While fat can be easily damaged, structural fat grafting places it close to a blood supply to give it the best chance for survival. The surgery can fix problems left behind by previous procedures to give your breasts a better look.

Structural fat grafting can:

  • Restore breast volume
  • Soften the contours and hide the edges of breast implants
  • Shape breasts more naturally
  • Create cleavage
  • Improve the look of scars
  • Heal radiation-damaged skin

Risks

Complications are rare with structural fat grafting, but those that can occur include:

  • Bleeding
  • Infection
  • Scarring
  • Irregularities
  • Placing too much or too little fat

Scarring and calcification can occur with structural fat grafting, just as it can with other breast procedures.

Benefits of Breast Reconstruction Using Fat Grafting

Breast reconstruction using structural fat grafting can fix scarring and other skin damage from various procedures. It can create a more symmetrical look overall.

Other benefits of using structural fat grafting include:

  • A natural tissue: The fat is your own and cannot be rejected as a foreign tissue. Your own fat will feel like breast tissue.
  • Better shaping: The doctor places the fat precisely with tiny amounts at a time, making it easier to create a symmetrical look.
  • Reduced pain: Skin can become softer and more flexible after fat placement, leading to less pain and stiffness.
  • Long-lasting results: The softening benefits of stem cells can last for months or years after the procedure.

Fat Grafting Fat grafting, also called autologous fat transfer, is emerging as a new breast reconstruction technique.   Fat grafting, also called autologous fat transfer, is emerging as a new breast reconstruction technique. In fat grafting, fat tissue is removed from other parts of your body — usually your thighs, belly, and buttocks — by liposuction. The tissue is then processed into liquid and injected into the breast area to recreate the breast. Another form of fat grafting, called lipofilling, has been used for a number of years to fix minor differences in the shape, balance, or position of the reconstructed breast compared to the other breast.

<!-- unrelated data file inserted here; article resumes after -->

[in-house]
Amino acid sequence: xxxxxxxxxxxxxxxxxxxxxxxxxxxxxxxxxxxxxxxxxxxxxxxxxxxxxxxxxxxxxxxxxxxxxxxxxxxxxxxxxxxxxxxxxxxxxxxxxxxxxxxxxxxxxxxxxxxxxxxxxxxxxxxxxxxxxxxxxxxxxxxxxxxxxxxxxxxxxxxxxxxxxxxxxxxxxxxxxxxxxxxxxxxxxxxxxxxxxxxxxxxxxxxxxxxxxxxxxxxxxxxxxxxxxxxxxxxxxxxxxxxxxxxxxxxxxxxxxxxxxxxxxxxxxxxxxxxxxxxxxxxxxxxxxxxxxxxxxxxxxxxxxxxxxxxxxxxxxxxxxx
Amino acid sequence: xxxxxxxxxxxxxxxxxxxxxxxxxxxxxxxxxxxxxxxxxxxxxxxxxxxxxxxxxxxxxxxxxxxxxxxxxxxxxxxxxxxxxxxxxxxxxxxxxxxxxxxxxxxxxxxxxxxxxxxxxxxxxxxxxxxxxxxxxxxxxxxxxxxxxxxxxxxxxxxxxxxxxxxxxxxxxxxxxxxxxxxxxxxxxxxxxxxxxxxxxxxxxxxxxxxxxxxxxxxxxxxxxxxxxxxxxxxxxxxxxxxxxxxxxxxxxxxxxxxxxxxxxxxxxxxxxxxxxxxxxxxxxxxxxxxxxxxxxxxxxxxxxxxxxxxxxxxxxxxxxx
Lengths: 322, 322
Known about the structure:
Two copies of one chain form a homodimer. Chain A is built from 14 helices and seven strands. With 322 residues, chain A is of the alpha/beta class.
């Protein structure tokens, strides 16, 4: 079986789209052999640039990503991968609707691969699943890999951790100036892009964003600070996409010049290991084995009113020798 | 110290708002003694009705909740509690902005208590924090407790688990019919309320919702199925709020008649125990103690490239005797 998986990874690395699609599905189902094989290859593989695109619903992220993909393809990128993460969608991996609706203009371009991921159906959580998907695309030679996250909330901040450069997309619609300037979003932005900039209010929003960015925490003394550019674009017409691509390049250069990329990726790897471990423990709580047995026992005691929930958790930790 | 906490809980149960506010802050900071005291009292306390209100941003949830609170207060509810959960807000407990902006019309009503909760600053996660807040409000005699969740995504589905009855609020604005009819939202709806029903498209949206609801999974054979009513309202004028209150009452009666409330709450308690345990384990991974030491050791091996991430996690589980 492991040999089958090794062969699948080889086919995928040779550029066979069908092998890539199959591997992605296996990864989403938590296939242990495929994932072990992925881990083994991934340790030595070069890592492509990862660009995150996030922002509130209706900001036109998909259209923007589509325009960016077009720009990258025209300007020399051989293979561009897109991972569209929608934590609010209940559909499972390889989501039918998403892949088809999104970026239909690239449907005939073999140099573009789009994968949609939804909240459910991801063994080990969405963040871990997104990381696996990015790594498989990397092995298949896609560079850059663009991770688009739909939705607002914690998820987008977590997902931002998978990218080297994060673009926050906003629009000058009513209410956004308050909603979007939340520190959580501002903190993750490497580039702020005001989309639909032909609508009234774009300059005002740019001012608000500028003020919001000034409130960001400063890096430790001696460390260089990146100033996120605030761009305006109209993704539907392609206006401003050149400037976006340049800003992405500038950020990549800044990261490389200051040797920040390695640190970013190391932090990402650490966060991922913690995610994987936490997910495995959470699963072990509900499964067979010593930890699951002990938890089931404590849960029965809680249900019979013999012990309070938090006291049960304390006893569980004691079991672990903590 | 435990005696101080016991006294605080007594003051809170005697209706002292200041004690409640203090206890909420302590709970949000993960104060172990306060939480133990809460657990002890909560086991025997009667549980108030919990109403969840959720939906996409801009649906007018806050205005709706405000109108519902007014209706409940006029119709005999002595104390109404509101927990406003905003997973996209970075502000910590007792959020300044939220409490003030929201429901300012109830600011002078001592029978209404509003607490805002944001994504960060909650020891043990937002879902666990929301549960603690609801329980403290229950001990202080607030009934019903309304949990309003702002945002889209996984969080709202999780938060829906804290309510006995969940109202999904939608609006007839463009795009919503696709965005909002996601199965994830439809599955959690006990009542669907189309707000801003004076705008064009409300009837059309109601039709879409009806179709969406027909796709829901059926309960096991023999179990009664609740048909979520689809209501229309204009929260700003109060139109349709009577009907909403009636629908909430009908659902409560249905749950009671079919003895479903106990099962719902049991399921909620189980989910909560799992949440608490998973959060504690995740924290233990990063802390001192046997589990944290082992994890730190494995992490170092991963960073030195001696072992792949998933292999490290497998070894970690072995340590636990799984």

Since that has worked well, doctors thought they might be able to rebuild a whole breast using fat. It can be tempting to think about fat grafting as a “safer” procedure, since it doesn’t involve major surgery. However, we’re not yet sure how successful it will be over the long-term. Because fat grafting is so new, no large clinical studies have been done on the procedure. The studies that have been done involve fewer than 100 women and the average follow-up time is less than 4 years. It’s also important to know that in many cases, the fat injected into the breast area may be reabsorbed by the body over time and the breast may lose some volume. This is why some plastic surgeons initially may add more fat than you think you need. In addition, if fat grafting doesn’t work and you decide you want a flap reconstruction, you may have already used up an important source of tissue such as the belly area.